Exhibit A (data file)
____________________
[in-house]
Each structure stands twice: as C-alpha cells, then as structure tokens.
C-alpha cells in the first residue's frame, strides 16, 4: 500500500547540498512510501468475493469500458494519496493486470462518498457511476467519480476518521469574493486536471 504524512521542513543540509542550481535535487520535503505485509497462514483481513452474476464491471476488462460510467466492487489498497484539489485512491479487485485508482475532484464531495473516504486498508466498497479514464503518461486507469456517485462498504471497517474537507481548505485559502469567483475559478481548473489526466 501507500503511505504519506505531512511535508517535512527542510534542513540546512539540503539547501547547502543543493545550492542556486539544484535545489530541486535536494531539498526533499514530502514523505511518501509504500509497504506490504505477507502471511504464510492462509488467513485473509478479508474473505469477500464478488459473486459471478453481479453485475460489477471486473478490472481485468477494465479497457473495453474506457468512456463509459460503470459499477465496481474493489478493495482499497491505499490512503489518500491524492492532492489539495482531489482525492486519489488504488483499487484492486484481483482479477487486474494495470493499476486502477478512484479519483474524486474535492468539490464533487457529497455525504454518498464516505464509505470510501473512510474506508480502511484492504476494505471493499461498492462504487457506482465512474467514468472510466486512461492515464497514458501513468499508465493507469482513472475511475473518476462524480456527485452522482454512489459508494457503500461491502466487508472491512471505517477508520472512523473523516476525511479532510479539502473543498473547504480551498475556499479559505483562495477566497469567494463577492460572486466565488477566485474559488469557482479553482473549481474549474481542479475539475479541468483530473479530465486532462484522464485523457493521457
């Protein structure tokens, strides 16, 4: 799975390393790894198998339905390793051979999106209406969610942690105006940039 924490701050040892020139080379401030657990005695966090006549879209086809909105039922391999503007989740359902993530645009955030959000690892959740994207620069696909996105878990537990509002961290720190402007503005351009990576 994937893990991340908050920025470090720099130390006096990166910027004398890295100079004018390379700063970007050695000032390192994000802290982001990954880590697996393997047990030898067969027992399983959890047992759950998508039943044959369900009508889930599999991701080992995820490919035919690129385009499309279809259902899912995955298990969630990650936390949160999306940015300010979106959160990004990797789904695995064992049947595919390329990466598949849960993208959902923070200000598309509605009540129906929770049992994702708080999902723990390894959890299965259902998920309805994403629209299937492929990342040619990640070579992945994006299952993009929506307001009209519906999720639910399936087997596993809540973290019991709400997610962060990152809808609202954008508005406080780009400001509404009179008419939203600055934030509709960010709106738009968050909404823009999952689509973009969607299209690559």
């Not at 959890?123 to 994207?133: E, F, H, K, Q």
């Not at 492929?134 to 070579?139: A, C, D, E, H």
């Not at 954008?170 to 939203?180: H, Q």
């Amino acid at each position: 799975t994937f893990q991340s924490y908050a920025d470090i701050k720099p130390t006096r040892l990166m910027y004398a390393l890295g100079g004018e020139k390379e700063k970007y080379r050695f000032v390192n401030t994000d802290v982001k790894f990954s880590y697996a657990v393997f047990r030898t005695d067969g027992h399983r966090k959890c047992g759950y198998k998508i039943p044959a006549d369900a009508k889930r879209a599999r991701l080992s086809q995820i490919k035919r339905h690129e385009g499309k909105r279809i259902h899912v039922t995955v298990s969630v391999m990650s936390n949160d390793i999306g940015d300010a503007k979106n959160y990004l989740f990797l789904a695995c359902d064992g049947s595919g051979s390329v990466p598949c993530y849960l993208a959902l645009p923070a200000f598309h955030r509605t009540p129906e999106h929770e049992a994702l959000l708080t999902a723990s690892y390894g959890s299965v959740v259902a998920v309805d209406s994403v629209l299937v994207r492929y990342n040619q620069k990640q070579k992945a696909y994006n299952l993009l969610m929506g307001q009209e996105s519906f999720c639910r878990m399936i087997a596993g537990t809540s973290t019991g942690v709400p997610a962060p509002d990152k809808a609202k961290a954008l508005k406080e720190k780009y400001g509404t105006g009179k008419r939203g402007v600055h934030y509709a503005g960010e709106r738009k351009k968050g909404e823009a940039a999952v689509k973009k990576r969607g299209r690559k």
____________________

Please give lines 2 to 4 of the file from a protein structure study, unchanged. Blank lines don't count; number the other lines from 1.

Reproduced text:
Each structure stands twice: as C-alpha cells, then as structure tokens.
C-alpha cells in the first residue's frame, strides 16, 4: 500500500547540498512510501468475493469500458494519496493486470462518498457511476467519480476518521469574493486536471 504524512521542513543540509542550481535535487520535503505485509497462514483481513452474476464491471476488462460510467466492487489498497484539489485512491479487485485508482475532484464531495473516504486498508466498497479514464503518461486507469456517485462498504471497517474537507481548505485559502469567483475559478481548473489526466 501507500503511505504519506505531512511535508517535512527542510534542513540546512539540503539547501547547502543543493545550492542556486539544484535545489530541486535536494531539498526533499514530502514523505511518501509504500509497504506490504505477507502471511504464510492462509488467513485473509478479508474473505469477500464478488459473486459471478453481479453485475460489477471486473478490472481485468477494465479497457473495453474506457468512456463509459460503470459499477465496481474493489478493495482499497491505499490512503489518500491524492492532492489539495482531489482525492486519489488504488483499487484492486484481483482479477487486474494495470493499476486502477478512484479519483474524486474535492468539490464533487457529497455525504454518498464516505464509505470510501473512510474506508480502511484492504476494505471493499461498492462504487457506482465512474467514468472510466486512461492515464497514458501513468499508465493507469482513472475511475473518476462524480456527485452522482454512489459508494457503500461491502466487508472491512471505517477508520472512523473523516476525511479532510479539502473543498473547504480551498475556499479559505483562495477566497469567494463577492460572486466565488477566485474559488469557482479553482473549481474549474481542479475539475479541468483530473479530465486532462484522464485523457493521457
């Protein structure tokens, strides 16, 4: 799975390393790894198998339905390793051979999106209406969610942690105006940039 924490701050040892020139080379401030657990005695966090006549879209086809909105039922391999503007989740359902993530645009955030959000690892959740994207620069696909996105878990537990509002961290720190402007503005351009990576 994937893990991340908050920025470090720099130390006096990166910027004398890295100079004018390379700063970007050695000032390192994000802290982001990954880590697996393997047990030898067969027992399983959890047992759950998508039943044959369900009508889930599999991701080992995820490919035919690129385009499309279809259902899912995955298990969630990650936390949160999306940015300010979106959160990004990797789904695995064992049947595919390329990466598949849960993208959902923070200000598309509605009540129906929770049992994702708080999902723990390894959890299965259902998920309805994403629209299937492929990342040619990640070579992945994006299952993009929506307001009209519906999720639910399936087997596993809540973290019991709400997610962060990152809808609202954008508005406080780009400001509404009179008419939203600055934030509709960010709106738009968050909404823009999952689509973009969607299209690559």